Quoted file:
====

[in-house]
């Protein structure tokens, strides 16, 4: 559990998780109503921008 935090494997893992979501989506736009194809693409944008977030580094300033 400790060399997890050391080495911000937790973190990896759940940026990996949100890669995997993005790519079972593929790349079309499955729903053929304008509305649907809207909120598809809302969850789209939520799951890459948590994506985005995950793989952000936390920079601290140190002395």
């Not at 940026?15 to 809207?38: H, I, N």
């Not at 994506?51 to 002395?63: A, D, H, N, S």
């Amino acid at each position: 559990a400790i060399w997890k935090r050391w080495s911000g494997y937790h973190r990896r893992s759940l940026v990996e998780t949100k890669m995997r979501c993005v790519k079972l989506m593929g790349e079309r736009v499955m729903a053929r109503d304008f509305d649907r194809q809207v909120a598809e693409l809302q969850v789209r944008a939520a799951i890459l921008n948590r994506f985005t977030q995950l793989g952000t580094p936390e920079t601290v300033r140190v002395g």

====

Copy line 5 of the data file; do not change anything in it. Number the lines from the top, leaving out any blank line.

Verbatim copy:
């Amino acid at each position: 559990a400790i060399w997890k935090r050391w080495s911000g494997y937790h973190r990896r893992s759940l940026v990996e998780t949100k890669m995997r979501c993005v790519k079972l989506m593929g790349e079309r736009v499955m729903a053929r109503d304008f509305d649907r194809q809207v909120a598809e693409l809302q969850v789209r944008a939520a799951i890459l921008n948590r994506f985005t977030q995950l793989g952000t580094p936390e920079t601290v300033r140190v002395g």